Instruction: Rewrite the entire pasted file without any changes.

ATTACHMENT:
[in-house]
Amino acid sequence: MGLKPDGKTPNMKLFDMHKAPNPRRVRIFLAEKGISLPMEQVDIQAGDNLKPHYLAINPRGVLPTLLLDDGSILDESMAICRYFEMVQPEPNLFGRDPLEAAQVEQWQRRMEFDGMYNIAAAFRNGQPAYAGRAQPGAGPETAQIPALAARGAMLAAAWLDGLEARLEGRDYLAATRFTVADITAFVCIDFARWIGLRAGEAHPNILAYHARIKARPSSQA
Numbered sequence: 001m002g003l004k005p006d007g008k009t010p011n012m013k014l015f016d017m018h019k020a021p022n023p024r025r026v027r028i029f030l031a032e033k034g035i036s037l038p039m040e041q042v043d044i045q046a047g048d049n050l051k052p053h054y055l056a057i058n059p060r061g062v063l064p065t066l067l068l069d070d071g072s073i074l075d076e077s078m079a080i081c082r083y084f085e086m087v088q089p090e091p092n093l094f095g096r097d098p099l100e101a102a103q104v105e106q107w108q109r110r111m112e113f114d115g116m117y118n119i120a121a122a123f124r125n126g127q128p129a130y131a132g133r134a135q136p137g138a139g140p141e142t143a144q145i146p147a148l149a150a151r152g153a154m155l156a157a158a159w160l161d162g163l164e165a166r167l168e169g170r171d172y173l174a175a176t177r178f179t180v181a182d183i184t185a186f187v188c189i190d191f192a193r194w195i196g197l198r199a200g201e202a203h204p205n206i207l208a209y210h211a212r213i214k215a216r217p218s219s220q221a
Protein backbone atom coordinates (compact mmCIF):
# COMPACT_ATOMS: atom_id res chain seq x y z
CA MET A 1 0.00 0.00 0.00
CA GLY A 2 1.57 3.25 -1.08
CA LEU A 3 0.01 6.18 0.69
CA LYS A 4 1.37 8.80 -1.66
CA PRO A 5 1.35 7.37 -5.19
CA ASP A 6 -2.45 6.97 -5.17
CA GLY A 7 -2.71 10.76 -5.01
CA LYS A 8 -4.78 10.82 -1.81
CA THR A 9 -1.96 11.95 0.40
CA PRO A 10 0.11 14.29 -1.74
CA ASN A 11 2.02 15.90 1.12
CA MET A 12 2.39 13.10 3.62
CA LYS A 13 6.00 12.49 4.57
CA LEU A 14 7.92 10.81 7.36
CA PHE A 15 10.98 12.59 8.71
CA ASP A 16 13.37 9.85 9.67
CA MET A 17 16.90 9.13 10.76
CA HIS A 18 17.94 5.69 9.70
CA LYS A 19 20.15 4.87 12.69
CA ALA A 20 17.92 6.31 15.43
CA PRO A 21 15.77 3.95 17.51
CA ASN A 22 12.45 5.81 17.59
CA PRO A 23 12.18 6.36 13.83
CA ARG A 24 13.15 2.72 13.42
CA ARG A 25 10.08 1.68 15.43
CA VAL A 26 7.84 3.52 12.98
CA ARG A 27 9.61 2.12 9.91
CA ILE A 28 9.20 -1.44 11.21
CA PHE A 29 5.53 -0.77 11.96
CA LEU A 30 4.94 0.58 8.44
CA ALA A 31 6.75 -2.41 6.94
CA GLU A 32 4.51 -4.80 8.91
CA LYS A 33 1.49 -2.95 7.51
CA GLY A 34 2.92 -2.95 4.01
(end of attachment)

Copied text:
[in-house]
Amino acid sequence: MGLKPDGKTPNMKLFDMHKAPNPRRVRIFLAEKGISLPMEQVDIQAGDNLKPHYLAINPRGVLPTLLLDDGSILDESMAICRYFEMVQPEPNLFGRDPLEAAQVEQWQRRMEFDGMYNIAAAFRNGQPAYAGRAQPGAGPETAQIPALAARGAMLAAAWLDGLEARLEGRDYLAATRFTVADITAFVCIDFARWIGLRAGEAHPNILAYHARIKARPSSQA
Numbered sequence: 001m002g003l004k005p006d007g008k009t010p011n012m013k014l015f016d017m018h019k020a021p022n023p024r025r026v027r028i029f030l031a032e033k034g035i036s037l038p039m040e041q042v043d044i045q046a047g048d049n050l051k052p053h054y055l056a057i058n059p060r061g062v063l064p065t066l067l068l069d070d071g072s073i074l075d076e077s078m079a080i081c082r083y084f085e086m087v088q089p090e091p092n093l094f095g096r097d098p099l100e101a102a103q104v105e106q107w108q109r110r111m112e113f114d115g116m117y118n119i120a121a122a123f124r125n126g127q128p129a130y131a132g133r134a135q136p137g138a139g140p141e142t143a144q145i146p147a148l149a150a151r152g153a154m155l156a157a158a159w160l161d162g163l164e165a166r167l168e169g170r171d172y173l174a175a176t177r178f179t180v181a182d183i184t185a186f187v188c189i190d191f192a193r194w195i196g197l198r199a200g201e202a203h204p205n206i207l208a209y210h211a212r213i214k215a216r217p218s219s220q221a
Protein backbone atom coordinates (compact mmCIF):
# COMPACT_ATOMS: atom_id res chain seq x y z
CA MET A 1 0.00 0.00 0.00
CA GLY A 2 1.57 3.25 -1.08
CA LEU A 3 0.01 6.18 0.69
CA LYS A 4 1.37 8.80 -1.66
CA PRO A 5 1.35 7.37 -5.19
CA ASP A 6 -2.45 6.97 -5.17
CA GLY A 7 -2.71 10.76 -5.01
CA LYS A 8 -4.78 10.82 -1.81
CA THR A 9 -1.96 11.95 0.40
CA PRO A 10 0.11 14.29 -1.74
CA ASN A 11 2.02 15.90 1.12
CA MET A 12 2.39 13.10 3.62
CA LYS A 13 6.00 12.49 4.57
CA LEU A 14 7.92 10.81 7.36
CA PHE A 15 10.98 12.59 8.71
CA ASP A 16 13.37 9.85 9.67
CA MET A 17 16.90 9.13 10.76
CA HIS A 18 17.94 5.69 9.70
CA LYS A 19 20.15 4.87 12.69
CA ALA A 20 17.92 6.31 15.43
CA PRO A 21 15.77 3.95 17.51
CA ASN A 22 12.45 5.81 17.59
CA PRO A 23 12.18 6.36 13.83
CA ARG A 24 13.15 2.72 13.42
CA ARG A 25 10.08 1.68 15.43
CA VAL A 26 7.84 3.52 12.98
CA ARG A 27 9.61 2.12 9.91
CA ILE A 28 9.20 -1.44 11.21
CA PHE A 29 5.53 -0.77 11.96
CA LEU A 30 4.94 0.58 8.44
CA ALA A 31 6.75 -2.41 6.94
CA GLU A 32 4.51 -4.80 8.91
CA LYS A 33 1.49 -2.95 7.51
CA GLY A 34 2.92 -2.95 4.01